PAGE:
Perks, perqs, perquisites, goodies, freebies – whatever you call them, you will recognize some or all of the following disappearing perks:
– Airline Travel: Free baggage check; free meals for flights two hours and longer; pillows and blankets; getting to sit next to your travel companion without purchasing a “premium seat”.
– In the Office: Free medical insurance; defined-benefit retirement plans; 401K plans with company match; meetings with lunch provided; free pizza parties; company-provided cocktails at after-work gatherings.
– In Our Lives: Free gift wrapping of your purchases; free checking accounts at your bank; free downtown parking.
Some things we never realized were perks:
– How about calling a company and immediately reaching a live person to help you?
– How about shopping at a large department store and being able to find a knowledgeable salesperson to help you and to ring up your purchase?
– And once upon a time, at gas stations at no extra cost they would fill your gas tank, clean your windshield, correct your tire pressure and give you a free map!
Even the Mouse that we love so well has become less friendly through the years. Before 1998, if you owned even a single share of Disney stock, at no cost you could attend their shareholder meeting, see a movie and receive free passes to a Disney theme park. What do you get today? A free lapel pin. There are still some shareholder perks available but you have to search for them, and they are more modest – like one free beverage at Starbucks.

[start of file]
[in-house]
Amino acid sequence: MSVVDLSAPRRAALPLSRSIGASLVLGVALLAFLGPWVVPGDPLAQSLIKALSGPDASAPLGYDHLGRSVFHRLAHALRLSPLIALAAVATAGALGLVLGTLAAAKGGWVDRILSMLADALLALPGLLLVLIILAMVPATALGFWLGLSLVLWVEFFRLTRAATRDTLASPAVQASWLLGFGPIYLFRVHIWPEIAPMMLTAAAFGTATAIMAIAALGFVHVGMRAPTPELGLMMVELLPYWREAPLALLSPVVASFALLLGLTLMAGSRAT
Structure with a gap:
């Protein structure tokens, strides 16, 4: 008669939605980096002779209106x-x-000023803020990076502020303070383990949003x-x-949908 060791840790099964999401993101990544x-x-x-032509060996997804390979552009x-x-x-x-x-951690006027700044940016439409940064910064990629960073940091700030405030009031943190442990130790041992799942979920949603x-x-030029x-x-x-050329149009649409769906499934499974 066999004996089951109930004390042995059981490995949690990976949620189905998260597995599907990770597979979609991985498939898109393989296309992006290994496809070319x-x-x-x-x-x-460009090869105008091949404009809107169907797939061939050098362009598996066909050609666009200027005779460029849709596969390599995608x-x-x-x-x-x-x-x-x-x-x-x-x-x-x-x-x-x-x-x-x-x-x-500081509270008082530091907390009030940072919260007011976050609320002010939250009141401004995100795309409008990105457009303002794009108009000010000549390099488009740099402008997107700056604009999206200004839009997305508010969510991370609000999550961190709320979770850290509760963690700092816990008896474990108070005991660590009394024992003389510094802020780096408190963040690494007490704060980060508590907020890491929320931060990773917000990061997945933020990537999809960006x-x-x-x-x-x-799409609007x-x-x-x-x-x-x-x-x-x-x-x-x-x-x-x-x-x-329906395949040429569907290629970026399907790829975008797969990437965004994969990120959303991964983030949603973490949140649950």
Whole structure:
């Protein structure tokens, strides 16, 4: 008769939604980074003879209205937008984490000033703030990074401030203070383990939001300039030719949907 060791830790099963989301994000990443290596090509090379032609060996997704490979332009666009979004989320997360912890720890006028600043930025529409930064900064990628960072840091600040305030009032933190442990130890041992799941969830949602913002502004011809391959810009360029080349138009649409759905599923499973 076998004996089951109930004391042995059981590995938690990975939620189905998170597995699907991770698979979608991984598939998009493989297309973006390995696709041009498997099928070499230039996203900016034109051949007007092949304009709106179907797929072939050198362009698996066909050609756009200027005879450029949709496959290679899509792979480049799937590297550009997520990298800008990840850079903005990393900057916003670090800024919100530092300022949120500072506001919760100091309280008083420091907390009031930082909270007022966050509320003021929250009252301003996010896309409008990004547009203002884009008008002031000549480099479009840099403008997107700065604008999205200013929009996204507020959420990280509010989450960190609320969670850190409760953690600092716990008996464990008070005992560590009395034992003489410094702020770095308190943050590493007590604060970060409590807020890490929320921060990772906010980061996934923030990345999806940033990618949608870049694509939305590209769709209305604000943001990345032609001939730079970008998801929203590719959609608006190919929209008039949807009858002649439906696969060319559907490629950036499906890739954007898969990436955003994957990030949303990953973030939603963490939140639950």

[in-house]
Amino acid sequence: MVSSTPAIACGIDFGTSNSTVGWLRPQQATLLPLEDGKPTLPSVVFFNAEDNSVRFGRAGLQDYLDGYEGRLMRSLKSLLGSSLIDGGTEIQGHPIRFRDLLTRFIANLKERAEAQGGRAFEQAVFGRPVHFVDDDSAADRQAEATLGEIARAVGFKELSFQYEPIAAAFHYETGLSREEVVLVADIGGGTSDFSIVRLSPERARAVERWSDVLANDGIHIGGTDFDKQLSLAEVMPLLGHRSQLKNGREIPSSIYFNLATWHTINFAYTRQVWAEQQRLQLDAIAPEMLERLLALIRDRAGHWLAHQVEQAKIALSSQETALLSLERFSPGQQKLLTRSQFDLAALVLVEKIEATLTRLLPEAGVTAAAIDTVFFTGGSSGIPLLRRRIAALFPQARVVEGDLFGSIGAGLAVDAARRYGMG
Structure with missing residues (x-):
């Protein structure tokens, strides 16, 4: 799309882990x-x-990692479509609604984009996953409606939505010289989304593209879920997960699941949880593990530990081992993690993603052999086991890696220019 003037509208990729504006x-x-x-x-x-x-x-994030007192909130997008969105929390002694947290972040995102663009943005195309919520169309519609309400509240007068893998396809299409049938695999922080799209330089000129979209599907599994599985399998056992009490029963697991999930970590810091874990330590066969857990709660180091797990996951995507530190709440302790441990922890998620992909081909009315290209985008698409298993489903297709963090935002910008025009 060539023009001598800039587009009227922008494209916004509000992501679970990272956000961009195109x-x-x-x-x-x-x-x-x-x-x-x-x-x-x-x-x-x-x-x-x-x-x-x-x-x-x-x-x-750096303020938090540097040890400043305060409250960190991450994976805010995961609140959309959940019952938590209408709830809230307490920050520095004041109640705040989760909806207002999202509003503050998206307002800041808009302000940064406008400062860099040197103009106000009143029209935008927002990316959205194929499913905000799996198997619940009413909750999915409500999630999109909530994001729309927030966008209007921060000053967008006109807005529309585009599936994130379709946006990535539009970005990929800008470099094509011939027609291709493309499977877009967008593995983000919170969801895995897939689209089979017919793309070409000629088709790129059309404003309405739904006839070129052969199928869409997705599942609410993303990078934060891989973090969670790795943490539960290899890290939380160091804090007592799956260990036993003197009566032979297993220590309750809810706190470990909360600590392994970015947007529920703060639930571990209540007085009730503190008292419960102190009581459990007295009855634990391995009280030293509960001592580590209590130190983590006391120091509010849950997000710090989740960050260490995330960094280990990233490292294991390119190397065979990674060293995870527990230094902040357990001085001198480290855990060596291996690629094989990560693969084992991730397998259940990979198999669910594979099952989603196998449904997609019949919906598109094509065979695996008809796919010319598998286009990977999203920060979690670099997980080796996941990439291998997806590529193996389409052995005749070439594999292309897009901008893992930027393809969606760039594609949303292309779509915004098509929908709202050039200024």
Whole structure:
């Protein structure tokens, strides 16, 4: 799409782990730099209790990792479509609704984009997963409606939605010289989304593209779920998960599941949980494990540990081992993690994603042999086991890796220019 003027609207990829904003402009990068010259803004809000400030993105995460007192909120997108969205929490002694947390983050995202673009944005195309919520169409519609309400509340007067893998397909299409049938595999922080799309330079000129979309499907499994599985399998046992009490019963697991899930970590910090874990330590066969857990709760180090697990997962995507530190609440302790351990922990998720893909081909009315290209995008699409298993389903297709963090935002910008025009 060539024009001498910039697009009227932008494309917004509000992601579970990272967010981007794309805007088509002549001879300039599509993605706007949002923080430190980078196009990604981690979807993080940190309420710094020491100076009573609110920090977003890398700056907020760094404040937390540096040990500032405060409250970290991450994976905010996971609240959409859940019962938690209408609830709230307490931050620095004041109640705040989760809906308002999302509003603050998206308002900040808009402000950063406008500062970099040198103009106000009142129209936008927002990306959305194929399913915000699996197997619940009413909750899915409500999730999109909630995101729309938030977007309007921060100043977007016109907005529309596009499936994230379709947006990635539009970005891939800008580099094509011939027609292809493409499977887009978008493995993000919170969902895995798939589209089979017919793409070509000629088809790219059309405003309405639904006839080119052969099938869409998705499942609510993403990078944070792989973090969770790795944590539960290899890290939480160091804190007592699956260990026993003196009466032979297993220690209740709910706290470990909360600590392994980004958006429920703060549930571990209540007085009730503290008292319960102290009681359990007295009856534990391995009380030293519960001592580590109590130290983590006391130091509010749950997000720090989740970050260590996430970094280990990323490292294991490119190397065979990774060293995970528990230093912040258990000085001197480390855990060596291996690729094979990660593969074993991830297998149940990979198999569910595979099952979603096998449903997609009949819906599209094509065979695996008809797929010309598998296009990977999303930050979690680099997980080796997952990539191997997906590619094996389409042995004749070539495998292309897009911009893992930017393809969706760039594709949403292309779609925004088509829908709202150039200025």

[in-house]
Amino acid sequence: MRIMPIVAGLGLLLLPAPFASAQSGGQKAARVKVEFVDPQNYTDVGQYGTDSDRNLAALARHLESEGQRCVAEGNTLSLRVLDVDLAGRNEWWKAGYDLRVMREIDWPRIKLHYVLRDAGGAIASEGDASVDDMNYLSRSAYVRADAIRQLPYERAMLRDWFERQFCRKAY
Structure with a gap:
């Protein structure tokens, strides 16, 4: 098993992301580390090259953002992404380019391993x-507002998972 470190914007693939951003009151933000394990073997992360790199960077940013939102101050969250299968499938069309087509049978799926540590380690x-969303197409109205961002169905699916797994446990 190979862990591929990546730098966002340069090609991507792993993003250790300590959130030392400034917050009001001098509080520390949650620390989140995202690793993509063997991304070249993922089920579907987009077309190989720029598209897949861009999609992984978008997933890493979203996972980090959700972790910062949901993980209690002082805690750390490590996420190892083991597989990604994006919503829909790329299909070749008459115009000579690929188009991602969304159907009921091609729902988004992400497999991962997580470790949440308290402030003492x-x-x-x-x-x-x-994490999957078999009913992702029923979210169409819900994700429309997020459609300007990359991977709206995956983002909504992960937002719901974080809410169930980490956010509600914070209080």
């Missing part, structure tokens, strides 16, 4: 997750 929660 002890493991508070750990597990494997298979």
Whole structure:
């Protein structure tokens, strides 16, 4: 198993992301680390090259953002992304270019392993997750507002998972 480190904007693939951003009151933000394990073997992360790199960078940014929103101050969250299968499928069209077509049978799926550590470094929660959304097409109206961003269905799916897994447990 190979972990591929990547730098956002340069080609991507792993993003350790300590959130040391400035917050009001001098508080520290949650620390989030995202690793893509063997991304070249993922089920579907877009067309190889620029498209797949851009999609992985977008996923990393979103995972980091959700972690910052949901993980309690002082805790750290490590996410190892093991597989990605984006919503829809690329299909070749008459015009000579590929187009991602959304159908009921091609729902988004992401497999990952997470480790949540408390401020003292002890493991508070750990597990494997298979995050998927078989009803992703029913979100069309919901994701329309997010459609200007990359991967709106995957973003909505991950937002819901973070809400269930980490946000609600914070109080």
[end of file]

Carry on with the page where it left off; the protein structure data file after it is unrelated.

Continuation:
Science Speculation: Naturally, there’s another side to the story. What has been lost is the freebie given to you by an established company, thanking you for your loyalty and firming up their image in your mind. That has been replaced by another kind of perk, in which a new company offers you goodies so they can learn all about you, in hopes of making money off you down the road.
For every one of these, there’s another company which started with a free service and then, too soon, started charging for it:
– The photo site Kodak Gallery used to offer free unlimited image storage; started charging a fee; and eventually shut down the service and transferred the photos to Shutterfly.
– The geneology site Ancestry.com, also using the name MyFamily.com, used to offer a number of free services but most services are currently subscription-based.
– News media websites started out with free access, but sites such as the New York Times and Financial Times are limiting their articles in hopes of getting your subscription money, and some like Wall Street Journal restrict almost all of their articles to subscribers.
Nevertheless, if you look, there are always new deals or offers to replace disappearing perks!
Do you mourn your disappearing perks? Do you have new favorite freebies you can share?
Drawing Credit: dominiquechappard, on openclipart.org